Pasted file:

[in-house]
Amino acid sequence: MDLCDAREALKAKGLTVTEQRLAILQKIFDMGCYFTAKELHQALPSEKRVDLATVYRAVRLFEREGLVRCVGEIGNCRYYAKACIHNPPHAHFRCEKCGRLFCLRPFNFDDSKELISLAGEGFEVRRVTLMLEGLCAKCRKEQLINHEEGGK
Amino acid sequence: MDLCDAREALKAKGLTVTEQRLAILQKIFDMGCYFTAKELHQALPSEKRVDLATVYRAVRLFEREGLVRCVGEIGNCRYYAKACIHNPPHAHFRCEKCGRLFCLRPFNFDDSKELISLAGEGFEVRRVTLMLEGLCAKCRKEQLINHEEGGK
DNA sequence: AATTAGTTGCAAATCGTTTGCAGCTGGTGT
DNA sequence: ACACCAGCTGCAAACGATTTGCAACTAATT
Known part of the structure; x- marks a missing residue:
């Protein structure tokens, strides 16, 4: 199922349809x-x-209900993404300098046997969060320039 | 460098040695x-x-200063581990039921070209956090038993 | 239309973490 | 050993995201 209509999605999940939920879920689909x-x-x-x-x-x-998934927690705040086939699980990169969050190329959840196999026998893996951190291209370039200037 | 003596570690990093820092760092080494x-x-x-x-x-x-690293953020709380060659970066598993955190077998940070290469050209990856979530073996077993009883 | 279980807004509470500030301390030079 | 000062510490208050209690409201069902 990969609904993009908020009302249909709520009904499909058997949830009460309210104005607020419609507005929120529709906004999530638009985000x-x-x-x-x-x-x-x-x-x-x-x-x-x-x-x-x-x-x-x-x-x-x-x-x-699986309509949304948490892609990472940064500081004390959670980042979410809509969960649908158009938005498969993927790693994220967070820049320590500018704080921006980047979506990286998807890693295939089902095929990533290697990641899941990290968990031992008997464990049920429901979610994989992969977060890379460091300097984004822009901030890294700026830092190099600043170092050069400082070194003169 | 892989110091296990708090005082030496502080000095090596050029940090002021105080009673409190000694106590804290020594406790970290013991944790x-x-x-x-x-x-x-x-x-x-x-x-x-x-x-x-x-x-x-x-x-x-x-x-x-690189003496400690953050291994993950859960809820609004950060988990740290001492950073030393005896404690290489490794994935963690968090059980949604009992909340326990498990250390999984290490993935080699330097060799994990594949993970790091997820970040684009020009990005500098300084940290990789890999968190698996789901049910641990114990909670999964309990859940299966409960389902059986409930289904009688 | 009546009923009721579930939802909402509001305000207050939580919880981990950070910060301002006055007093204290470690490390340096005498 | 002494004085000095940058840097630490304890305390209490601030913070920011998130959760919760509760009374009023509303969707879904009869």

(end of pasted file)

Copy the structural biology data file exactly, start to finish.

[in-house]
Amino acid sequence: MDLCDAREALKAKGLTVTEQRLAILQKIFDMGCYFTAKELHQALPSEKRVDLATVYRAVRLFEREGLVRCVGEIGNCRYYAKACIHNPPHAHFRCEKCGRLFCLRPFNFDDSKELISLAGEGFEVRRVTLMLEGLCAKCRKEQLINHEEGGK
Amino acid sequence: MDLCDAREALKAKGLTVTEQRLAILQKIFDMGCYFTAKELHQALPSEKRVDLATVYRAVRLFEREGLVRCVGEIGNCRYYAKACIHNPPHAHFRCEKCGRLFCLRPFNFDDSKELISLAGEGFEVRRVTLMLEGLCAKCRKEQLINHEEGGK
DNA sequence: AATTAGTTGCAAATCGTTTGCAGCTGGTGT
DNA sequence: ACACCAGCTGCAAACGATTTGCAACTAATT
Known part of the structure; x- marks a missing residue:
């Protein structure tokens, strides 16, 4: 199922349809x-x-209900993404300098046997969060320039 | 460098040695x-x-200063581990039921070209956090038993 | 239309973490 | 050993995201 209509999605999940939920879920689909x-x-x-x-x-x-998934927690705040086939699980990169969050190329959840196999026998893996951190291209370039200037 | 003596570690990093820092760092080494x-x-x-x-x-x-690293953020709380060659970066598993955190077998940070290469050209990856979530073996077993009883 | 279980807004509470500030301390030079 | 000062510490208050209690409201069902 990969609904993009908020009302249909709520009904499909058997949830009460309210104005607020419609507005929120529709906004999530638009985000x-x-x-x-x-x-x-x-x-x-x-x-x-x-x-x-x-x-x-x-x-x-x-x-x-699986309509949304948490892609990472940064500081004390959670980042979410809509969960649908158009938005498969993927790693994220967070820049320590500018704080921006980047979506990286998807890693295939089902095929990533290697990641899941990290968990031992008997464990049920429901979610994989992969977060890379460091300097984004822009901030890294700026830092190099600043170092050069400082070194003169 | 892989110091296990708090005082030496502080000095090596050029940090002021105080009673409190000694106590804290020594406790970290013991944790x-x-x-x-x-x-x-x-x-x-x-x-x-x-x-x-x-x-x-x-x-x-x-x-x-690189003496400690953050291994993950859960809820609004950060988990740290001492950073030393005896404690290489490794994935963690968090059980949604009992909340326990498990250390999984290490993935080699330097060799994990594949993970790091997820970040684009020009990005500098300084940290990789890999968190698996789901049910641990114990909670999964309990859940299966409960389902059986409930289904009688 | 009546009923009721579930939802909402509001305000207050939580919880981990950070910060301002006055007093204290470690490390340096005498 | 002494004085000095940058840097630490304890305390209490601030913070920011998130959760919760509760009374009023509303969707879904009869």